Azerbaijan and EU Agree to Strategic Energy Partnership

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By David O’Byrne

The European Union is hailing a new energy agreement with Azerbaijan that could see the gas-rich Caspian nation double the flow of gas to Europe in five years, part of Brussels’ effort to reduce reliance on Russia.

After the July 18 signing ceremony in Baku, Azerbaijani President Ilham Aliyev and European Commission President Ursula von der Leyen both stressed their commitment to strengthening and broadening collaboration in energy and other areas.

“Cooperation in the field of energy has always been at the top of our agenda,” said Aliyev. “We are interested in expanding cooperation in education, transportation and all other areas.”

For her part, von der Leyen said that with the new memorandum of understanding, the EU is “opening a new chapter in our energy cooperation with Azerbaijan, a key partner in our efforts to move away from Russian fossil fuels.”

EU Commissioner for Energy Kadri Simson confirmed that under the memorandum Azerbaijan is “expected” to deliver an extra 4 billion cubic meters (bcm) of gas to the EU this year (bringing the total to 12 bcm) and to increase transfers to “at least” 20 bcm by 2027.

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Despite the upbeat comments, the six sections of the five-page MoU are little more than a wish list of what both sides would like to see happen, given the right circumstances.

Short on details, the bulk of the document restates the EU’s commitments and hopes regarding climate change and reducing greenhouse gas emissions. It includes broad suggestions of cooperation with Baku in renewable energy, energy efficiency and production, and the transit of “green hydrogen.”

The only significant concrete proposal was the suggestion that Azerbaijan could double its gas exports to the EU by 2027.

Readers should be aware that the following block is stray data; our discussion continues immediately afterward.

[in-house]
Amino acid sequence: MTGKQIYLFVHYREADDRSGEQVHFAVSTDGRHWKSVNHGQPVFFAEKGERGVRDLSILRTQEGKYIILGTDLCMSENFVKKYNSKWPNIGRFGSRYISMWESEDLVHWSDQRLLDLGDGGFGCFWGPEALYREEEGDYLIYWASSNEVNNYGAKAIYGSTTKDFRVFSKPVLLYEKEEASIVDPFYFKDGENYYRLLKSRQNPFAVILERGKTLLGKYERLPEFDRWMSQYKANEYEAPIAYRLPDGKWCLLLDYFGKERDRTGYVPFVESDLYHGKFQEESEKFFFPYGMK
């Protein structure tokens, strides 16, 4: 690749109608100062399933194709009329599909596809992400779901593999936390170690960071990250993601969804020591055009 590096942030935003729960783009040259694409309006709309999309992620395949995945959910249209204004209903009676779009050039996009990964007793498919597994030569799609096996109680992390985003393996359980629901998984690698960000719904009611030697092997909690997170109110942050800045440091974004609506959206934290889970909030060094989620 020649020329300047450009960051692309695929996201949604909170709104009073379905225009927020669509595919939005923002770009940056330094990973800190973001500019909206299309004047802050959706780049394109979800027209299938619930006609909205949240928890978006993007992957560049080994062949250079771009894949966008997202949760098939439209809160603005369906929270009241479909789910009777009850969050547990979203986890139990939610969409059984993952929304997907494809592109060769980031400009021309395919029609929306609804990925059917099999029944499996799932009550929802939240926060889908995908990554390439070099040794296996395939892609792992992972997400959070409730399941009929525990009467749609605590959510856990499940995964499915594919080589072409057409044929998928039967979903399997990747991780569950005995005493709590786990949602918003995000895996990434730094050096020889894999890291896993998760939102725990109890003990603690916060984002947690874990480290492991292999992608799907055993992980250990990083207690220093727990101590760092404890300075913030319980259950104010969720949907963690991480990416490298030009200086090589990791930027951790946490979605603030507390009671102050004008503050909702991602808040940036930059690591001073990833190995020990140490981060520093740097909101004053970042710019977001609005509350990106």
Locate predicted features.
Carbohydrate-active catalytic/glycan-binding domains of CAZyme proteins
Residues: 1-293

That though is presented in the MoU as far short of a commitment. Both sides, it says, “aspire to support bilateral trade of natural gas, including through exports to the European Union, via the Southern Gas Corridor, of at least 20 billion cubic meters of gas annually by 2027, in accordance with commercial viability and market demand.”

The statement is further tempered in the final article, which says that nothing in the MoU “… should create any binding legal or financial obligations” and that the MoU “does not constitute an obligation to allocate funds.”

Such a frank “get out clause” is hardly unusual.

Azerbaijan’s gas fields and the chain of pipelines that carry the gas through Georgia and Turkey to Greece – where some goes to Bulgaria and the bulk to Albania and across the Adriatic to Italy – are controlled by multi-party international consortia.

It is the companies comprising these consortia that will decide whether to invest the billions of dollars necessary to increase gas production and expand pipeline capacity.

Talks between the various partners on realizing that investment are believed to be under way.

Out of gas

With Europe eager to wean itself off Russian gas, and no end in sight to Moscow’s war on Ukraine, there seems little doubt that the consortia can sell all the gas they can transit.

But energy analysts are asking a more fundamental question: Can Azerbaijan provide? The country has limited scope for increased production and has its own growing demand to meet.

Late last year, to prevent domestic shortages, Baku reached a swap agreement to import gas from Iran, which in return receives the same volume from Turkmenistan.

BP, operator of Azerbaijan’s biggest gas field, Shah Deniz, has warned that the field cannot supply all the gas needed to double exports to Europe, while other smaller fields under development are not expected to produce sufficient quantities.

For many years officials have discussed Azerbaijan transiting gas from its Caspian neighbor Turkmenistan, which holds the world’s fourth-largest reserves.

Turkish Vice President Fuat Oktay announced on June 2 that Ankara is looking at three ways of bringing gas from Turkmenistan to Turkey via Azerbaijan. One would expand the existing Turkmenistan-Iran-Azerbaijan swap, another would see a new pipeline cross part of the Caspian.

Turkey’s intentions, though, are still unclear. Oktay confirmed only plans to bring the gas to Turkey via the Southern Gas Corridor; he made no mention whether it will then be transited to Europe and if so on what terms.

Baku too has remained quiet on the Turkish proposals. Aliyev’s statement following the MoU signing suggested Baku is more interested in securing EU help to boost its renewables program to free up more of its own gas for export.

One thing, however, is abundantly clear: With Europe fearing that Moscow could stop its 150 bcm of gas deliveries as soon as this winter, an extra 10 bcm from the Caspian in five years will make little difference.

(David O’Byrne is an Istanbul-based journalist who covers energy. This piece originally appeared on the Eurasianet.org)

 

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